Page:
(CTN News) – As winter and the year-end holiday season approach, Wisconsin is experiencing a surge in cases of COVID-19 and other serious respiratory illnesses.
Although statewide case numbers are no longer reported due to most people getting tested at home and not reporting the results, other indicators help track the increase in illnesses such as influenza, pneumonia, and respiratory syncytial virus (RSV).
According to the state health department, in the last three weeks of November, deaths from these respiratory illnesses accounted for 6-8% of all deaths in Wisconsin.
The Department of Health Services (DHS) has reported that the number of Wisconsinites hospitalized with COVID-19 is about five times higher than in early August.
The majority of hospitalizations have been among individuals aged 65 or older, as stated in a recent advisory issued by the agency.
Furthermore, wastewater surveillance for COVID-19 has revealed a significant increase in the virus. The levels of viral material in wastewater are now about four times higher than those reported in mid-October, according to DHS.
Given the circumstances, the DHS advisory strongly recommends that individuals who are particularly vulnerable to COVID-19 and have been infected seek medical care promptly, including antiviral medications. It is crucial to prioritize the health and well-being of those at higher risk.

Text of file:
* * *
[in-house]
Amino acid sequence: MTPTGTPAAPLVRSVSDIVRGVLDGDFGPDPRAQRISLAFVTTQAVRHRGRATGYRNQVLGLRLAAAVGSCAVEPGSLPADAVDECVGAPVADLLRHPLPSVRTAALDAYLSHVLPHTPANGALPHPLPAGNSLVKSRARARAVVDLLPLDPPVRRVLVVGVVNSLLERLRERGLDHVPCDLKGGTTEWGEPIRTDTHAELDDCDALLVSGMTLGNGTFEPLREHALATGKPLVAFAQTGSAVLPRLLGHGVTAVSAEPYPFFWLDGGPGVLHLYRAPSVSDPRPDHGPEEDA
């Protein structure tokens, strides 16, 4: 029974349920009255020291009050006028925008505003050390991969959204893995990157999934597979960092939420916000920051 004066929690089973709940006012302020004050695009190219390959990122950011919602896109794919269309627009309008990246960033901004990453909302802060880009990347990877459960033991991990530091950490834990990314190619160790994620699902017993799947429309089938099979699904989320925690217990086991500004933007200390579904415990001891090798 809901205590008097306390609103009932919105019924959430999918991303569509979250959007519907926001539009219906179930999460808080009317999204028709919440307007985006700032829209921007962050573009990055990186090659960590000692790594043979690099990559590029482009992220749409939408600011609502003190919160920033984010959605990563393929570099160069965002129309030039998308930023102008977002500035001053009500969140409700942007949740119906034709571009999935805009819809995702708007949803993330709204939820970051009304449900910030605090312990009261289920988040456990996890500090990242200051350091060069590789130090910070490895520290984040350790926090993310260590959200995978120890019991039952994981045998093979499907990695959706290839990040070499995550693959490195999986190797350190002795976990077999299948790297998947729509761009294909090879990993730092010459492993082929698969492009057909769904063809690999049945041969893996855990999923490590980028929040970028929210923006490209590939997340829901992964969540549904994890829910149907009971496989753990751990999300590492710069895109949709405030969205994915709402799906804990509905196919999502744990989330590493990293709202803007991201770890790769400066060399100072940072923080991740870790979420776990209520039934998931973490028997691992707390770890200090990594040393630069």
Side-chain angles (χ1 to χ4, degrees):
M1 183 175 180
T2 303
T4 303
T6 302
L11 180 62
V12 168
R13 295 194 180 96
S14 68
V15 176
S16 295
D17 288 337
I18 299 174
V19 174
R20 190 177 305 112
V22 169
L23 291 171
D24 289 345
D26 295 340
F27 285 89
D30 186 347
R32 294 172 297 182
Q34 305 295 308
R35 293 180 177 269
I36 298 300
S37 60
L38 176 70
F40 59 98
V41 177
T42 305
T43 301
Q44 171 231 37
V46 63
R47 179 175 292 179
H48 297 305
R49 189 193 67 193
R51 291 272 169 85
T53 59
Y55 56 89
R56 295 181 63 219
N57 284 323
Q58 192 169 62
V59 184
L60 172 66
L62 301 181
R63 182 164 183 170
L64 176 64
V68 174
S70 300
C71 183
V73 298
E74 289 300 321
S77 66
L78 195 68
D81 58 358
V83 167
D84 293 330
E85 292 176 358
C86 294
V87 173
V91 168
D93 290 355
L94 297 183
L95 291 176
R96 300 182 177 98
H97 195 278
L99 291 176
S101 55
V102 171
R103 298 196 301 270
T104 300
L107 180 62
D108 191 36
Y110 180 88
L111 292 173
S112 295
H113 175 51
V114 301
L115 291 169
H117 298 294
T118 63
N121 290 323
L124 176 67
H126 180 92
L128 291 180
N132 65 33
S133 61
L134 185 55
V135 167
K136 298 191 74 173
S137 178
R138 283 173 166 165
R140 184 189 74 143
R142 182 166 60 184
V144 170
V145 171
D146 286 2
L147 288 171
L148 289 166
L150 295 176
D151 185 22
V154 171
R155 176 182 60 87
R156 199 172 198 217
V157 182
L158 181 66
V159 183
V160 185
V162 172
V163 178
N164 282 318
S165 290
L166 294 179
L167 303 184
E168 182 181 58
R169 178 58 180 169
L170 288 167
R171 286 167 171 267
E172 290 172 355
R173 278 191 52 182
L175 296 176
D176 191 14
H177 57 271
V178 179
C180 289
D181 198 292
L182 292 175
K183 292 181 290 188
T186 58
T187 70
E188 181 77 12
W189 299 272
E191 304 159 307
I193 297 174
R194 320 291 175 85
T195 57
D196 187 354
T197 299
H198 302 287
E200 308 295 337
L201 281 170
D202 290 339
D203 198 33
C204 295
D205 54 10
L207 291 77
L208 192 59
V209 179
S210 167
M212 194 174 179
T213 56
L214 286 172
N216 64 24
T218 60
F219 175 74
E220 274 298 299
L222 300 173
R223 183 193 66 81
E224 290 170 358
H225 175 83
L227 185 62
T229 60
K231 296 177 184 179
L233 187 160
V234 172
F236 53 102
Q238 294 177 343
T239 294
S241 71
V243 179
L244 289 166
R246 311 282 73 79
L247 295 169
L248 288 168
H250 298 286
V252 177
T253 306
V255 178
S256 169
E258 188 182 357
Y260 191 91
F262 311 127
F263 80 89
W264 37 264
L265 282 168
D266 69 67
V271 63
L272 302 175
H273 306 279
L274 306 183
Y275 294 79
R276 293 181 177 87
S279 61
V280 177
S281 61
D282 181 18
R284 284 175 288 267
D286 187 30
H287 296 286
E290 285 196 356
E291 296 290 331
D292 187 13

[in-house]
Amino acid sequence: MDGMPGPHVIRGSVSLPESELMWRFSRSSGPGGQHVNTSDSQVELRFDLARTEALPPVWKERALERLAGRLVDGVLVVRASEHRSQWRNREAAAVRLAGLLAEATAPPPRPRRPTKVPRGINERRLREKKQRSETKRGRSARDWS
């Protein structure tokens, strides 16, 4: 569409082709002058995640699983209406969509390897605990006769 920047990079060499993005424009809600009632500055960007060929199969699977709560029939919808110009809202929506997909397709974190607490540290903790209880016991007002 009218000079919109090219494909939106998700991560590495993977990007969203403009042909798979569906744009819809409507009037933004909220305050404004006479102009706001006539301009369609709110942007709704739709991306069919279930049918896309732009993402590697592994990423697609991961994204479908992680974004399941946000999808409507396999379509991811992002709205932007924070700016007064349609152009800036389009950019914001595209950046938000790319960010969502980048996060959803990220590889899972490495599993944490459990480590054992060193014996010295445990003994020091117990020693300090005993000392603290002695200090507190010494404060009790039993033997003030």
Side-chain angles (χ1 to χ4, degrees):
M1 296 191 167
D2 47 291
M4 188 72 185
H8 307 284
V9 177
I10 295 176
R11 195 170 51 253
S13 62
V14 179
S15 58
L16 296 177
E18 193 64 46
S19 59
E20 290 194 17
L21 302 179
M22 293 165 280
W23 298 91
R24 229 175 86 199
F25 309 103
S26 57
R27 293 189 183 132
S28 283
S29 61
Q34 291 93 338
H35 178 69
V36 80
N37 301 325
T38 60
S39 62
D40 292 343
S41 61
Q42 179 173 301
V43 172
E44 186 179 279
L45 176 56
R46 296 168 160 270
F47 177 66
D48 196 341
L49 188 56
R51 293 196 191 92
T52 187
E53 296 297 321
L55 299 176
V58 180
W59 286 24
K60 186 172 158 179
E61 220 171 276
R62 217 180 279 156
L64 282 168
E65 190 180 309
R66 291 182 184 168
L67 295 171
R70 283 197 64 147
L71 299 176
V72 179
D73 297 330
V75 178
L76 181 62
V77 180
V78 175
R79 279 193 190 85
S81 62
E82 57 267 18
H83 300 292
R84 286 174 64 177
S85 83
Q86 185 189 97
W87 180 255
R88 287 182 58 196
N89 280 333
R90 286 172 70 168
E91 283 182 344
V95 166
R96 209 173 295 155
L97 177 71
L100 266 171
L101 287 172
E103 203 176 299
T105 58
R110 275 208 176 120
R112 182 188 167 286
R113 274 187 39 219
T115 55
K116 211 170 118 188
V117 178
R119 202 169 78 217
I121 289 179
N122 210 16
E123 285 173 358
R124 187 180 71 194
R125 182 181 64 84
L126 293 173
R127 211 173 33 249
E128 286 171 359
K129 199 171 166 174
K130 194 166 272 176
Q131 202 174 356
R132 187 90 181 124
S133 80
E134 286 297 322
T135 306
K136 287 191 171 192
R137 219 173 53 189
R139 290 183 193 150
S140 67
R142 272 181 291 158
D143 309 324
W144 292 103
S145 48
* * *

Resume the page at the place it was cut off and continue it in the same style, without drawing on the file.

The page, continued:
In November 2022, Wisconsin initiated a telehealth program aimed at diagnosing and recommending treatment for individuals with COVID-19. The Department of Health Services (DHS) recently announced that this program, which is free of charge, has been extended until April 2024.
According to Dr. Ryan Westergaard, the state epidemiologist and chief medical officer for the DHS Bureau of Communicable Diseases, it is crucial for individuals at high risk of severe illness from COVID-19 to seek treatment promptly.
In a DHS advisory, Dr. Westergaard emphasized that antiviral treatments for COVID-19 should be initiated within five days of symptom onset.
Telehealth services can facilitate the early administration of oral antivirals within this critical five-day window, ultimately contributing to saving lives.
The telehealth service is accessible seven days a week, from 8 a.m. to 8 p.m., as stated by the DHS. Consultations are available in 17 different languages, ensuring inclusivity and accessibility for a diverse range of patients.
Patients who meet the criteria for antiviral medication can receive a prescription for the treatment and have it filled at over 600 pharmacies across Wisconsin. Alternatively, the medication can be conveniently delivered overnight to the patient’s home.